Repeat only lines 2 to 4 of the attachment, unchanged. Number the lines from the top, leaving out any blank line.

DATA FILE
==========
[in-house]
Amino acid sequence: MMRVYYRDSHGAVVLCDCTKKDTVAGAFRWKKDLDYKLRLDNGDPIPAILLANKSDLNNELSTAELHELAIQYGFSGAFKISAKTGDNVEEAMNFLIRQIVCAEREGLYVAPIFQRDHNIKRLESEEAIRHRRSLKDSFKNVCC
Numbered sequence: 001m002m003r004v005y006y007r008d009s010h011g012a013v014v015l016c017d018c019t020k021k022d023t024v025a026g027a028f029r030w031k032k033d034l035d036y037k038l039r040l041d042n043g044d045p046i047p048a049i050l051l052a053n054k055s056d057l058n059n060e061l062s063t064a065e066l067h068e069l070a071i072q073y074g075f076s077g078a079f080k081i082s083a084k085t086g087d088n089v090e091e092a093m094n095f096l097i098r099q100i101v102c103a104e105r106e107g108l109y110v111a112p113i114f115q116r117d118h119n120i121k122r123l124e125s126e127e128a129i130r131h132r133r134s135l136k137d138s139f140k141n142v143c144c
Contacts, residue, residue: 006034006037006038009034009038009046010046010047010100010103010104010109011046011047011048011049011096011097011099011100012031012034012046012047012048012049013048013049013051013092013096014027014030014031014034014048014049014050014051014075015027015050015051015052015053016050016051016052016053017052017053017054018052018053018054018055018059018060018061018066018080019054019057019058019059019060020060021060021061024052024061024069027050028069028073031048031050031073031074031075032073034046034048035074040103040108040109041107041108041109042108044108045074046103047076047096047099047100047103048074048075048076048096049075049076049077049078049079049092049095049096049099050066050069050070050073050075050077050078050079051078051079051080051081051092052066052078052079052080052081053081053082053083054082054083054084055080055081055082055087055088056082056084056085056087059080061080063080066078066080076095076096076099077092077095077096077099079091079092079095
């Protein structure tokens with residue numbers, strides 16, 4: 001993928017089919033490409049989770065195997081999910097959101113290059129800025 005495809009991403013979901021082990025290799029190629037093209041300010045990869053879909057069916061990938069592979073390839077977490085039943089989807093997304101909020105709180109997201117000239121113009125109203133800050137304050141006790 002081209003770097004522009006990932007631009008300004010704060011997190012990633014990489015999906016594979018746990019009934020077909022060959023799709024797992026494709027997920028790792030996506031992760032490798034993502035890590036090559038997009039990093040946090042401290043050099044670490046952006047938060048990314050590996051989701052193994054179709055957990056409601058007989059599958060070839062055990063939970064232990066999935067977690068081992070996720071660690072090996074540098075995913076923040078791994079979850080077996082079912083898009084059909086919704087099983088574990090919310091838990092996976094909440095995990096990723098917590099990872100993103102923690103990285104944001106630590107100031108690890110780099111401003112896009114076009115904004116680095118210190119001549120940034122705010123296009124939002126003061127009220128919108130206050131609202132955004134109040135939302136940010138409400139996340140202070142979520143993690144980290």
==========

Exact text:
Amino acid sequence: MMRVYYRDSHGAVVLCDCTKKDTVAGAFRWKKDLDYKLRLDNGDPIPAILLANKSDLNNELSTAELHELAIQYGFSGAFKISAKTGDNVEEAMNFLIRQIVCAEREGLYVAPIFQRDHNIKRLESEEAIRHRRSLKDSFKNVCC
Numbered sequence: 001m002m003r004v005y006y007r008d009s010h011g012a013v014v015l016c017d018c019t020k021k022d023t024v025a026g027a028f029r030w031k032k033d034l035d036y037k038l039r040l041d042n043g044d045p046i047p048a049i050l051l052a053n054k055s056d057l058n059n060e061l062s063t064a065e066l067h068e069l070a071i072q073y074g075f076s077g078a079f080k081i082s083a084k085t086g087d088n089v090e091e092a093m094n095f096l097i098r099q100i101v102c103a104e105r106e107g108l109y110v111a112p113i114f115q116r117d118h119n120i121k122r123l124e125s126e127e128a129i130r131h132r133r134s135l136k137d138s139f140k141n142v143c144c
Contacts, residue, residue: 006034006037006038009034009038009046010046010047010100010103010104010109011046011047011048011049011096011097011099011100012031012034012046012047012048012049013048013049013051013092013096014027014030014031014034014048014049014050014051014075015027015050015051015052015053016050016051016052016053017052017053017054018052018053018054018055018059018060018061018066018080019054019057019058019059019060020060021060021061024052024061024069027050028069028073031048031050031073031074031075032073034046034048035074040103040108040109041107041108041109042108044108045074046103047076047096047099047100047103048074048075048076048096049075049076049077049078049079049092049095049096049099050066050069050070050073050075050077050078050079051078051079051080051081051092052066052078052079052080052081053081053082053083054082054083054084055080055081055082055087055088056082056084056085056087059080061080063080066078066080076095076096076099077092077095077096077099079091079092079095